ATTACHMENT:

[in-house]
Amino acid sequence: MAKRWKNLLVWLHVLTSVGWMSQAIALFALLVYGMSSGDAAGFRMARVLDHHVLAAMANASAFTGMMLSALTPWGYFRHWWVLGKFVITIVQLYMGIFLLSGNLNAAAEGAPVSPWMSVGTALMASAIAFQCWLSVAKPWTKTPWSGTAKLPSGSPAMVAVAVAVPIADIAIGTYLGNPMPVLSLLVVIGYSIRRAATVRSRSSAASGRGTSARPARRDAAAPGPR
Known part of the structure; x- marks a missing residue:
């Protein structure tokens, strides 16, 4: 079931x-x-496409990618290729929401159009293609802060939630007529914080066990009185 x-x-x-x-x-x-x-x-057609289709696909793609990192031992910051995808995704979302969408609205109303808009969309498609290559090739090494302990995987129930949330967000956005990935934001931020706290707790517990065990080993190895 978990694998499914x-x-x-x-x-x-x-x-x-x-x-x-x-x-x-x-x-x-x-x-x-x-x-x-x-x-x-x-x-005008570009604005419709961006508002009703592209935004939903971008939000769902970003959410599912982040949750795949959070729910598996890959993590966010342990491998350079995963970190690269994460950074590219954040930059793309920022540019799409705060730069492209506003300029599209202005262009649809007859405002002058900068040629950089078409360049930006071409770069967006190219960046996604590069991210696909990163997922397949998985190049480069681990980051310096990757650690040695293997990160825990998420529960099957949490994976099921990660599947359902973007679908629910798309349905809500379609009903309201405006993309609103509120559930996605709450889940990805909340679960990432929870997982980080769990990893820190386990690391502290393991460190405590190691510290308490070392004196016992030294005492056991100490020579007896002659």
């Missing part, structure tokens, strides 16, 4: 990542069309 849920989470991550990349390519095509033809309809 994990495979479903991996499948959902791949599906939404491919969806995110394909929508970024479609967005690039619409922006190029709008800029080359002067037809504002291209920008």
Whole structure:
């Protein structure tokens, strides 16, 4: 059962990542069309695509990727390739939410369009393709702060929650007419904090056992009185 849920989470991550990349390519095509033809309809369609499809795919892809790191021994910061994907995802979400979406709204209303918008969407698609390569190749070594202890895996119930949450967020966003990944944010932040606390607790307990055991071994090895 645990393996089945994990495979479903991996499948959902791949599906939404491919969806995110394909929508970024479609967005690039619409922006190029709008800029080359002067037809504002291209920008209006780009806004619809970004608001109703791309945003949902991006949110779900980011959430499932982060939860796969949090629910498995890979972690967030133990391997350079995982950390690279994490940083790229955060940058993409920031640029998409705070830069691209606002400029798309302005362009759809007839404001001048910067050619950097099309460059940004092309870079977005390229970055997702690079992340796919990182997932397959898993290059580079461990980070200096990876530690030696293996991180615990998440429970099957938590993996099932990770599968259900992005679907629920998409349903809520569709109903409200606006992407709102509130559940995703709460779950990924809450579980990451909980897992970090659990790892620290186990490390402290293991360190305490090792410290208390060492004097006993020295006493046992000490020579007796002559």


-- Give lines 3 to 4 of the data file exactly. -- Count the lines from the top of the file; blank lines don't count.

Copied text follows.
Known part of the structure; x- marks a missing residue:
């Protein structure tokens, strides 16, 4: 079931x-x-496409990618290729929401159009293609802060939630007529914080066990009185 x-x-x-x-x-x-x-x-057609289709696909793609990192031992910051995808995704979302969408609205109303808009969309498609290559090739090494302990995987129930949330967000956005990935934001931020706290707790517990065990080993190895 978990694998499914x-x-x-x-x-x-x-x-x-x-x-x-x-x-x-x-x-x-x-x-x-x-x-x-x-x-x-x-x-005008570009604005419709961006508002009703592209935004939903971008939000769902970003959410599912982040949750795949959070729910598996890959993590966010342990491998350079995963970190690269994460950074590219954040930059793309920022540019799409705060730069492209506003300029599209202005262009649809007859405002002058900068040629950089078409360049930006071409770069967006190219960046996604590069991210696909990163997922397949998985190049480069681990980051310096990757650690040695293997990160825990998420529960099957949490994976099921990660599947359902973007679908629910798309349905809500379609009903309201405006993309609103509120559930996605709450889940990805909340679960990432929870997982980080769990990893820190386990690391502290393991460190405590190691510290308490070392004196016992030294005492056991100490020579007896002659």